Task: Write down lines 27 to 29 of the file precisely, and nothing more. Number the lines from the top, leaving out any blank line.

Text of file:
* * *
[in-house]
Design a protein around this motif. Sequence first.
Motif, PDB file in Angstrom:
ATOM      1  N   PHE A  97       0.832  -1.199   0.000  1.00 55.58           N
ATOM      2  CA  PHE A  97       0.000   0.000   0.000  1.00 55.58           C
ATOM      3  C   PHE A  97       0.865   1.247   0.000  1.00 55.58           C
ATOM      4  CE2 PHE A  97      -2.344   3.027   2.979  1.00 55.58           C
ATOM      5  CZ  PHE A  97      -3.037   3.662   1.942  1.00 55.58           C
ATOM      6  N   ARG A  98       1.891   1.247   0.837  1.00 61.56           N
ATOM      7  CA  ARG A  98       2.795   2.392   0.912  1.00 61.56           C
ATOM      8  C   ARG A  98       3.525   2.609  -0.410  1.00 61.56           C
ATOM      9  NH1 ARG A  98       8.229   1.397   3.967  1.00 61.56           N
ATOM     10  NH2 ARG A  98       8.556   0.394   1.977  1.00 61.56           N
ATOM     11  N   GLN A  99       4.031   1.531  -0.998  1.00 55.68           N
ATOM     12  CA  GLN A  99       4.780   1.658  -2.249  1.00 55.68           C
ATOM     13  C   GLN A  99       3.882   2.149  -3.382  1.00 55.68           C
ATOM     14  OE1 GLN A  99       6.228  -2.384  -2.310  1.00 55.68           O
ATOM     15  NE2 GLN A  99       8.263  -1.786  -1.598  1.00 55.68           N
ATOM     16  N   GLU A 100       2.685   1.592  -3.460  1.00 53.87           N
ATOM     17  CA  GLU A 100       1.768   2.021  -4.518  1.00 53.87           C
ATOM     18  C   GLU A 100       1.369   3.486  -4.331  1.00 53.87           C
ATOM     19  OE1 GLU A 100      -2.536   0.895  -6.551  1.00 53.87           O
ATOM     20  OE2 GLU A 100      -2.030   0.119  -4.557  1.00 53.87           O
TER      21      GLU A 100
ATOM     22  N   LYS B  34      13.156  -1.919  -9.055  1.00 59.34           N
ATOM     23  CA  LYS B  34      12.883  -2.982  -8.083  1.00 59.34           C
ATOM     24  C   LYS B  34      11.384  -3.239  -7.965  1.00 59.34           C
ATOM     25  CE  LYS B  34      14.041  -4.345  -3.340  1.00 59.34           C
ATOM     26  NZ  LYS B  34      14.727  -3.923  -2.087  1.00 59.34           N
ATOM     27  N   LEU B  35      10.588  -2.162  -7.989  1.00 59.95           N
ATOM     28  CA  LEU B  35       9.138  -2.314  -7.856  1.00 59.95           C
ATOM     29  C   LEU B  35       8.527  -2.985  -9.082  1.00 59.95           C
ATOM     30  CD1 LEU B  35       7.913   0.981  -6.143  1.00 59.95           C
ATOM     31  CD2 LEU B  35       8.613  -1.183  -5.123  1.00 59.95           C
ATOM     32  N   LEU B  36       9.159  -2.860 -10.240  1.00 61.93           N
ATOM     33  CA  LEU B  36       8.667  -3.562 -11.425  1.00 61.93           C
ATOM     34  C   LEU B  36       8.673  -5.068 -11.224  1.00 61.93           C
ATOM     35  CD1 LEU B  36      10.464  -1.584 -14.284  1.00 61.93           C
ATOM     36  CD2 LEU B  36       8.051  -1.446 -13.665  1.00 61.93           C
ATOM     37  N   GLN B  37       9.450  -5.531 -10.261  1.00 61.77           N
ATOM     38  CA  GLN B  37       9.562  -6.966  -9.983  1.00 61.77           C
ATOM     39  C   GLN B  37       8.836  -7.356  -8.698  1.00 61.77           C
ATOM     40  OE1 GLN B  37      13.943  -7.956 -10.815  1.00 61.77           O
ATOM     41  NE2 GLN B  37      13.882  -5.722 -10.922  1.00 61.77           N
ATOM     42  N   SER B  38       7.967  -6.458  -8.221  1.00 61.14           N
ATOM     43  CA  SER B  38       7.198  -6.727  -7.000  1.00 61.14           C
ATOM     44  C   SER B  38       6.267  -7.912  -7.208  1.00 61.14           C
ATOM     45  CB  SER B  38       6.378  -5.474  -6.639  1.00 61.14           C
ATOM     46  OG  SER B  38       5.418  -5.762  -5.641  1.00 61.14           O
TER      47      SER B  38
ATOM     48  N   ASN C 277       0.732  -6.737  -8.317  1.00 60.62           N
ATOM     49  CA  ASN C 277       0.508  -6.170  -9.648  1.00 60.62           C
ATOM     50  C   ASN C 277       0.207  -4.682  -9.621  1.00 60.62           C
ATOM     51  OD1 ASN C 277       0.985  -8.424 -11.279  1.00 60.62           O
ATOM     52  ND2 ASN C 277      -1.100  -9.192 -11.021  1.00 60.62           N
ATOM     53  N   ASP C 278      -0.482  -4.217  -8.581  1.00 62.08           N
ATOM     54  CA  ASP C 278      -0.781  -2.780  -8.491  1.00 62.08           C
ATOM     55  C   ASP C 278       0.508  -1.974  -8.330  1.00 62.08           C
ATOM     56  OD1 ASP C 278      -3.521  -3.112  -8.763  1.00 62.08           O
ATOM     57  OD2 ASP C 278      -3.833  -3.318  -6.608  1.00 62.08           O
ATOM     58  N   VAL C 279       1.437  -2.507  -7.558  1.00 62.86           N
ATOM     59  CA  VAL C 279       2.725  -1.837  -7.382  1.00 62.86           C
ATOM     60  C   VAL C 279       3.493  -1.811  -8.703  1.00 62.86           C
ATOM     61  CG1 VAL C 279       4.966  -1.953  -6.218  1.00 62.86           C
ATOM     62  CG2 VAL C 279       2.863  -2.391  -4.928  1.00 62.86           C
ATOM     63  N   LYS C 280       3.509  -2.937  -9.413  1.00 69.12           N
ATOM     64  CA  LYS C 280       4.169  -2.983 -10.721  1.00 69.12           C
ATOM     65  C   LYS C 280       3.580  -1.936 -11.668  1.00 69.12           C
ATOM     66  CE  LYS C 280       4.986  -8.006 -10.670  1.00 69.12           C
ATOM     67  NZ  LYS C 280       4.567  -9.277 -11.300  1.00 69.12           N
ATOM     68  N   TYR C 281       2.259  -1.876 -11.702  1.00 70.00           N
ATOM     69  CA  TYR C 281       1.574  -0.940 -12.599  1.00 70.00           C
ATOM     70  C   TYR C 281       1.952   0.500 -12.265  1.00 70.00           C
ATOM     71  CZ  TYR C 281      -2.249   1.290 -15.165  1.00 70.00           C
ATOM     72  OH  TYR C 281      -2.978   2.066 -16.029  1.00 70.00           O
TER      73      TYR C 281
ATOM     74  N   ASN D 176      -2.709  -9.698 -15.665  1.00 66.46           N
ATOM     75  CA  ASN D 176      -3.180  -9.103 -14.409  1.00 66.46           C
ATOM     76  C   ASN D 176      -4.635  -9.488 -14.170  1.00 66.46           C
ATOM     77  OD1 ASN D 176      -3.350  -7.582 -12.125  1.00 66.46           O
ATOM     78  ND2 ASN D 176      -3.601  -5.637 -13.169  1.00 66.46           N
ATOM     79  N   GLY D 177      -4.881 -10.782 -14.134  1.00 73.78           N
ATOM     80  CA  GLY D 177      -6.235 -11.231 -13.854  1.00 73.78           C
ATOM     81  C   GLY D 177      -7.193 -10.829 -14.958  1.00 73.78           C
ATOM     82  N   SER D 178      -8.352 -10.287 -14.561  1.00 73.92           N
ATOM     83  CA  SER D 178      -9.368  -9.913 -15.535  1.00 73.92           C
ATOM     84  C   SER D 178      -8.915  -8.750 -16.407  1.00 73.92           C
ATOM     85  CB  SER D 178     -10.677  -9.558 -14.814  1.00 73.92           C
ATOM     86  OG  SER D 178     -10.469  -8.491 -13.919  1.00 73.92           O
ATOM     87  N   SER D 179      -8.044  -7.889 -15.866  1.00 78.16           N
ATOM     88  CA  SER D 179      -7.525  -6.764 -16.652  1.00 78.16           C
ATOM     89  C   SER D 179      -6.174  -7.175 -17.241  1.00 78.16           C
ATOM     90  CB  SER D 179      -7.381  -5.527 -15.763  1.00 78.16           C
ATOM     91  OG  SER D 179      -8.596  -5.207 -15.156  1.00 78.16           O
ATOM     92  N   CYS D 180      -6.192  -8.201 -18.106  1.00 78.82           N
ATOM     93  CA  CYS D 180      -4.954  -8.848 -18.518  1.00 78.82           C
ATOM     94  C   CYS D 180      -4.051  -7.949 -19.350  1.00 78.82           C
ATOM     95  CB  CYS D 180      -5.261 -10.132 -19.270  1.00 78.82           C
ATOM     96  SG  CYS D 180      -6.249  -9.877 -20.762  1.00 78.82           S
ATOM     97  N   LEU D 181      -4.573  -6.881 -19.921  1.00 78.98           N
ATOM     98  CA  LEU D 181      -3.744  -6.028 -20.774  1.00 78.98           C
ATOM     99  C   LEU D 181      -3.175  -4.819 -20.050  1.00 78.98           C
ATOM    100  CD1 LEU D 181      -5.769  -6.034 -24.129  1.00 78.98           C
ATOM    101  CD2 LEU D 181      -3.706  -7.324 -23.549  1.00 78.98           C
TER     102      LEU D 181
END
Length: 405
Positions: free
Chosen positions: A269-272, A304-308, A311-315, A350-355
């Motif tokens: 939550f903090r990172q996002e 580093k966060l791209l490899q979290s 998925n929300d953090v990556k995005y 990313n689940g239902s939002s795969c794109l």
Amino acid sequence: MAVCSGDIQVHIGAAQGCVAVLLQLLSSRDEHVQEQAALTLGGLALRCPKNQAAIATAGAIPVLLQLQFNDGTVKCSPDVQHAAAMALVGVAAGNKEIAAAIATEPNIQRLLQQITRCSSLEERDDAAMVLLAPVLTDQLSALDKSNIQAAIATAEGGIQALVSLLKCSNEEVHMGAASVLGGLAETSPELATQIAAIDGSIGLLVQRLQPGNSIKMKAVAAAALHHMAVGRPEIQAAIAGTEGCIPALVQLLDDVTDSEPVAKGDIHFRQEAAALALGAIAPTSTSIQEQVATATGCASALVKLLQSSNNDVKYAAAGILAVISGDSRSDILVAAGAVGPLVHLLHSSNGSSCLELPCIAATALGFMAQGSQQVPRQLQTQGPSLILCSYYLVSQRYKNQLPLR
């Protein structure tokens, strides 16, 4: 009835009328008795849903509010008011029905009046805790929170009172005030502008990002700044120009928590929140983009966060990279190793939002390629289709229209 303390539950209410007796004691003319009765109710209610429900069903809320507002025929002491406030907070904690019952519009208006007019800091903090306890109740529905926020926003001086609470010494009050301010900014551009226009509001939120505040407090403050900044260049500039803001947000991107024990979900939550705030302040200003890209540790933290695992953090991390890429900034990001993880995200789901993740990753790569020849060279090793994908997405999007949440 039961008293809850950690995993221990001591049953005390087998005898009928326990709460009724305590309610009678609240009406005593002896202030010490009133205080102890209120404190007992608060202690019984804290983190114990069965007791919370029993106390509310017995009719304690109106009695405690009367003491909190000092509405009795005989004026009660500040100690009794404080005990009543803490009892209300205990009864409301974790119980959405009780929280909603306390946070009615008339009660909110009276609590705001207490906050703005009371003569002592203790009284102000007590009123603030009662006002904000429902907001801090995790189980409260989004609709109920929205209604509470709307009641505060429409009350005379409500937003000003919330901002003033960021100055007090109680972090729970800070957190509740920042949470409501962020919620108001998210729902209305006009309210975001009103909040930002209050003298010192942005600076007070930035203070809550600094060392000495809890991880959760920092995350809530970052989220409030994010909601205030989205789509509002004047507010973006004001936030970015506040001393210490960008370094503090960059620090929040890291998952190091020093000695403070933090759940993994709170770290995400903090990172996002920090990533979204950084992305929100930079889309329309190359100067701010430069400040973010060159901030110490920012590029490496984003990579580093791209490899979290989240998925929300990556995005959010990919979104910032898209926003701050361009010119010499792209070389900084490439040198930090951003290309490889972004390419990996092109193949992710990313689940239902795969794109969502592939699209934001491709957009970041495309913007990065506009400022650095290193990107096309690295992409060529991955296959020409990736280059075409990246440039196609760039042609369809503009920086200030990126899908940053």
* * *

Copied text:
ATOM     24  C   LYS B  34      11.384  -3.239  -7.965  1.00 59.34           C
ATOM     25  CE  LYS B  34      14.041  -4.345  -3.340  1.00 59.34           C
ATOM     26  NZ  LYS B  34      14.727  -3.923  -2.087  1.00 59.34           N